Will Trump Play Hardball With Saudis?


World economic markets are already on edge after the election of Donald Trump as President of the United States and Saudi Arabia is still scrambling to restore the market for oil. Now, the Kingdom has issued a warning to Trump about his campaign promise to block imports from Saudi Arabia and other OPEC countries if they fail to assist in eliminating the terrorists from ISIS.

While he didn’t specify exactly what could occur, an obviously annoyed Saudi energy minister Khalid al-Falih indicated that disrupting trade could result in serious consequences.

Trump indicated back in March that the Saudis and others needed to provide manpower or, at a minimum, financial support in eradicating the group that has helped devastate areas of Syria and Iraq. His comments garnered only minimal attention due to the perception that he wouldn’t win the general election. However, his upset victory over Hillary Clinton has made such remarks extremely concerning to all parties involved.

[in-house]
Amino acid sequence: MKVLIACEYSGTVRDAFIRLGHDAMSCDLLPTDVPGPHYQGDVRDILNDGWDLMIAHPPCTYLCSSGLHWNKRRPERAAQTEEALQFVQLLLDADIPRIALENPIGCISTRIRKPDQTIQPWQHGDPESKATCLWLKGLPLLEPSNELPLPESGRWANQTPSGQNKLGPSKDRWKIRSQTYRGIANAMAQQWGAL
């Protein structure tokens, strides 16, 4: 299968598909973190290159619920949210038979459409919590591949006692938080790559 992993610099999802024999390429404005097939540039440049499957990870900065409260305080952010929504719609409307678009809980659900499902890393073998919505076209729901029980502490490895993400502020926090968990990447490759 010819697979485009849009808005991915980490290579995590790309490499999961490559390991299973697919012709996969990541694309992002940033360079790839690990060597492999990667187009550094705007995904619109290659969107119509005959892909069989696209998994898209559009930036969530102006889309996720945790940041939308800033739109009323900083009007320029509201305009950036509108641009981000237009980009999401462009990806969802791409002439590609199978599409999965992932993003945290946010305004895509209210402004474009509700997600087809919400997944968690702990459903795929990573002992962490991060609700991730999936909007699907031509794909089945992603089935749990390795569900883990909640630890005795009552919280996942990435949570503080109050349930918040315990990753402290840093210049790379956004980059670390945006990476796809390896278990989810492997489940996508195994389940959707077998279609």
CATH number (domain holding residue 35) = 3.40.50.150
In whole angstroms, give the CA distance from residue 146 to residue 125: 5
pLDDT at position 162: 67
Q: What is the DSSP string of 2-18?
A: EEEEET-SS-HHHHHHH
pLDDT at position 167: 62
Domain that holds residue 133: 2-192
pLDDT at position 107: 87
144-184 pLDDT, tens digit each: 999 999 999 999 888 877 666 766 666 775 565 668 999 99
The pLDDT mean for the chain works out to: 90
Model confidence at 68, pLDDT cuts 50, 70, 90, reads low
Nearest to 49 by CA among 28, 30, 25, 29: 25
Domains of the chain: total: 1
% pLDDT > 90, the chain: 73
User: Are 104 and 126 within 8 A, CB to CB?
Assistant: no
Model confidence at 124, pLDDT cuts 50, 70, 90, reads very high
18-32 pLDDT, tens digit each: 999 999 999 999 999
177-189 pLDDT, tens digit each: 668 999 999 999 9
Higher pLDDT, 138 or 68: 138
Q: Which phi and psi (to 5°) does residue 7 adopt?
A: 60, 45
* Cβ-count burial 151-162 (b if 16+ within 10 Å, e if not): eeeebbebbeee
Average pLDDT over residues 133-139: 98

At the time, Trump aggravated the situation by indicating that such a tactic would bring the Kingdom to its knees. In a subsequent speech, he indicated that the United States would achieve independence in the energy market during his administration, which would decimate what he referred to as foes of America.

As late as this past August, the United States imported 3.4 million barrels every day from OPEC countries, with one-third of it coming from Saudi Arabia. While that’s a drop from a few years ago, it still remains a vital market.

Right now, al-Falih looks at the comment as a campaign promise, which tend to fall by the wayside after elections. However, playing politics with oil before helped caused the 1973 oil embargo that forever changed the oil market, so gaining some historical perspective might be valuable for Trump.

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